Can Education Help Preserve Tingguian Culture?

by Ethnic Groups Philippines

Abreños Performing Tani, A Tingguian Courtship dance

Image from The Province of Abra website

24 December 2019

Baguio – The Philippines is home to numerous ethnic communities sharing a remarkable history that has shaped and continues to shape the lives of various individuals. People as well as organizations have recently started capturing the beauty of these ethnic groups as technology and intercultural practices give birth to a diverse connection of culture, tradition, belief, and history. However, despite the rising appreciation of the beauty of such practices, it is not entirely effective in ensuring that the communities and their residents survive the challenges of the times; that is, the preservation of their own culture alongside their modern needs and societal changes.

For instance, the Tingguian, one of the hundreds of ethnic groups in the country, face troubling concerns of losing memories of their own history and culture. They may have been residents of the Northern regions of Luzon for decades and even centuries, but as the people grew more accustomed to new environments, the more difficult it became to incorporate their ancestors’ beliefs and traditions. This is not an exclusive case for their group but more of a pressing matter troubling numerous ethnic communities within and outside the Philippines.

Who are the Tingguian?

The origin of the word Tingguian can be traced back to the Malaysian word tinggi/tingue, which means "high" or "elevated," or pertaining to mountains. This association is related to the homes of the first tribes in the northern regions of the Philippines, as they refer to themselves as Itneg or Idaya-as. However, the Spanish colonizers of the country used the term Tingguians to mean "mountain dwellers," which gradually described different tribes in the region. This later became a collective term for the people of Abra.

Presently, the Tingguian people have 12 subgroups: Agta/Negrito, Adasen, Balatoc, Banao, Belwang, Binongan, Gubang, Inlaud, Mabaka, Maengs, Masadiit, and Mayudan. The diversity of these communities belonging to one ethnic group shows how the members have reached various districts of the northern region and how they each tried to build their own system. The members of the Tingguian ethnic group are connected through their ethnolinguistic backgrounds, which help them communicate. For instance, they understand the spoken words of other subgroups even though they cannot actually speak the language.

The Agta Tribe of the Sierra Madre

Nonetheless, having to work together in preserving their age-old practices, customs, traditions, beliefs, and their entire culture is a huge challenge. The tribespeople of Tingguian are not the only ones burdened with this. It is something that many minority members experience. However, if there's a way to educate the members of the Tingguian community, is that enough to help them appreciate and value their customs, traditions, and unique ethnic identity?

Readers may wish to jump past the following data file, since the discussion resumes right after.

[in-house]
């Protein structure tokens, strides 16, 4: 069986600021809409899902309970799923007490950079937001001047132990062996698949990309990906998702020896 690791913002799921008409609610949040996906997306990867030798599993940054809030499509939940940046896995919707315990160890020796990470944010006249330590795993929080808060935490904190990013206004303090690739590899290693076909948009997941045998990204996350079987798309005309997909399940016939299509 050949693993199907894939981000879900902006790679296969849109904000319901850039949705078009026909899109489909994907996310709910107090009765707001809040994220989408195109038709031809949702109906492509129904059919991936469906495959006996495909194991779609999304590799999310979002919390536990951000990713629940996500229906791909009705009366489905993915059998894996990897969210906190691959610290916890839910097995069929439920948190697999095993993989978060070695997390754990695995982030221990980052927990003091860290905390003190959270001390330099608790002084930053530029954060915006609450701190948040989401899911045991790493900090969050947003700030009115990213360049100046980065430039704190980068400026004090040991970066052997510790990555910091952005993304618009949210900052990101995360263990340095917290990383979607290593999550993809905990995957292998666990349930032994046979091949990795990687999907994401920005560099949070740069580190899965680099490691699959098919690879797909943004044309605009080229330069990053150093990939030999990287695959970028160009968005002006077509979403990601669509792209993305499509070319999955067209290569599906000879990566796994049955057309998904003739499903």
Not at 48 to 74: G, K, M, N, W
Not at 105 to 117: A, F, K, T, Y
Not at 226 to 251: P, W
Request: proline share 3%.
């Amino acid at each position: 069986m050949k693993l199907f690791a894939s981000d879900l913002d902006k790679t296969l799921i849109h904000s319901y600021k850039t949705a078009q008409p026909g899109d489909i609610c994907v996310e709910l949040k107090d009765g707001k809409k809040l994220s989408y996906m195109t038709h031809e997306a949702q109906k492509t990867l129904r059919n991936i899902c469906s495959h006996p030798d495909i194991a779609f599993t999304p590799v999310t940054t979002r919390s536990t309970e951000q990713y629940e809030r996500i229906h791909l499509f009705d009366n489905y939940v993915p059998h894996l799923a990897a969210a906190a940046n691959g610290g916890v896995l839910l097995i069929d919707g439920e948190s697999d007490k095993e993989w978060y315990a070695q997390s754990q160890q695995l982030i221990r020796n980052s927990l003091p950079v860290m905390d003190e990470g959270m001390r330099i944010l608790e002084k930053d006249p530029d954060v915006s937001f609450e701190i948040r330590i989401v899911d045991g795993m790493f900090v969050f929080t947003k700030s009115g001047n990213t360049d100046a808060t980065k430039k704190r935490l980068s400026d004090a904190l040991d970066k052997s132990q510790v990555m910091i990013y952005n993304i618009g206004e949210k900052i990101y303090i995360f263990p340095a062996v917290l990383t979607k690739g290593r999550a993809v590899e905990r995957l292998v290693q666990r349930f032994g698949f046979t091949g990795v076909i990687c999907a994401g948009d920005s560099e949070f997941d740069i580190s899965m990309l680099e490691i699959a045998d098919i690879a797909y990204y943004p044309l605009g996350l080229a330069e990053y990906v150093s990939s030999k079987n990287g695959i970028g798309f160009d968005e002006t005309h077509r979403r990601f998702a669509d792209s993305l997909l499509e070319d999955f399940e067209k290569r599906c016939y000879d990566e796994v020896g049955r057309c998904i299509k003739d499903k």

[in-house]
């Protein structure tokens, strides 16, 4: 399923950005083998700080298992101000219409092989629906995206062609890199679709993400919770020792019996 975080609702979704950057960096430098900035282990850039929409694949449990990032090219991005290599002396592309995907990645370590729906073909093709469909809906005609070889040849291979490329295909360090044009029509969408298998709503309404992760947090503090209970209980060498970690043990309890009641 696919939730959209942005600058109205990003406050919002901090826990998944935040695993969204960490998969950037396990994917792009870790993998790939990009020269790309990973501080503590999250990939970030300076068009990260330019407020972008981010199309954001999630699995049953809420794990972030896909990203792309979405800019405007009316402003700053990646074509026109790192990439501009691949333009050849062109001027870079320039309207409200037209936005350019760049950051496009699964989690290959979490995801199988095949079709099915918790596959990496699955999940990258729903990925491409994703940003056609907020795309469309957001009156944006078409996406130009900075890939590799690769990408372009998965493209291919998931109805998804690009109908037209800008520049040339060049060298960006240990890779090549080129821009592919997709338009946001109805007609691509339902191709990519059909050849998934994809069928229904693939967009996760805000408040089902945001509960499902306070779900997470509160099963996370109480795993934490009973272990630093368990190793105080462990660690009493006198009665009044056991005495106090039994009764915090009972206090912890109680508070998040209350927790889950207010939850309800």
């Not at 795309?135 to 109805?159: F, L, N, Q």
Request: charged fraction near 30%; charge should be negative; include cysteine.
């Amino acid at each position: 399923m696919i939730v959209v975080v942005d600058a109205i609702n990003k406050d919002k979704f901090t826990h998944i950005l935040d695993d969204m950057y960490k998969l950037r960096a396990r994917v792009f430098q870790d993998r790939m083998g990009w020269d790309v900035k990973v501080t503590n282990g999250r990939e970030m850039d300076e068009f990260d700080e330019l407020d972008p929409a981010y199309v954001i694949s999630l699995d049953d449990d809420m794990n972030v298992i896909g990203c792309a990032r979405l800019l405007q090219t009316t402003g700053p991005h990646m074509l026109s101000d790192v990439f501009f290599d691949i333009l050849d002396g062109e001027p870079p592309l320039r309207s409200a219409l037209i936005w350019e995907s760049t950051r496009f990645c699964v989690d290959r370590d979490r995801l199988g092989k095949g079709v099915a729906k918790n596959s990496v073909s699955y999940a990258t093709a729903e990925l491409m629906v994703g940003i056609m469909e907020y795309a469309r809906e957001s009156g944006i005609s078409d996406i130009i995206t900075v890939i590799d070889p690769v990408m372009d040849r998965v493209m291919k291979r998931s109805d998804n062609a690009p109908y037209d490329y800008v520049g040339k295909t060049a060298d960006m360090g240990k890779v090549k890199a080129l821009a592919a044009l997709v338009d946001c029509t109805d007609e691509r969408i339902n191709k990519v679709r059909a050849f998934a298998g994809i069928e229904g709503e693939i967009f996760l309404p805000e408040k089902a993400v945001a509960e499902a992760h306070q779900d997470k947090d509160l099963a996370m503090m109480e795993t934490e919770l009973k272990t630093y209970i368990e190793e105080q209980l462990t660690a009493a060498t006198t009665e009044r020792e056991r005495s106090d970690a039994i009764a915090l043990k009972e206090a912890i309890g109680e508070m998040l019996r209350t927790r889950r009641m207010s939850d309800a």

The Cry Of The Stomach, A Loss For A Community

The numerous indigenous groups in the Philippines, including the Tingguians, have a rich history. Even with the efforts to preserve their cultural treasures and practices, these indigenous people are continually forced to make a choice between feeding their empty stomachs and giving up their cultural identity. Members of the majority community often persuade hungry farmers to give up their ancestral lands to them.

As this kind of system continues, individuals and organizations try to reach out to the ethnic communities. These efforts are often in combination with a means to educate both young and old members of these communities.

More than A Vision

The Tingguians are part of a community that is gradually being educated. Individuals and practitioners share their expertise to incorporate different music, historical accounts, and other traditional practices in school programs. This may seem like a small step, but it is a step in the right direction to help in the preserve their culture.

The question now is, how does this move affect the community? Would it be enough to make a dent in the current flow of the changing times? Or would it be a mere thread of hope for the preservation of one of the northern region's indigenous wonders?

Awareness and active participation from the Tingguians are needed. The elders are the key to connecting the present to the past. Education may not only be provided to the younger ones but to the more experienced members of the community.

Image from The Province of Abra website, http://abra.gov.ph/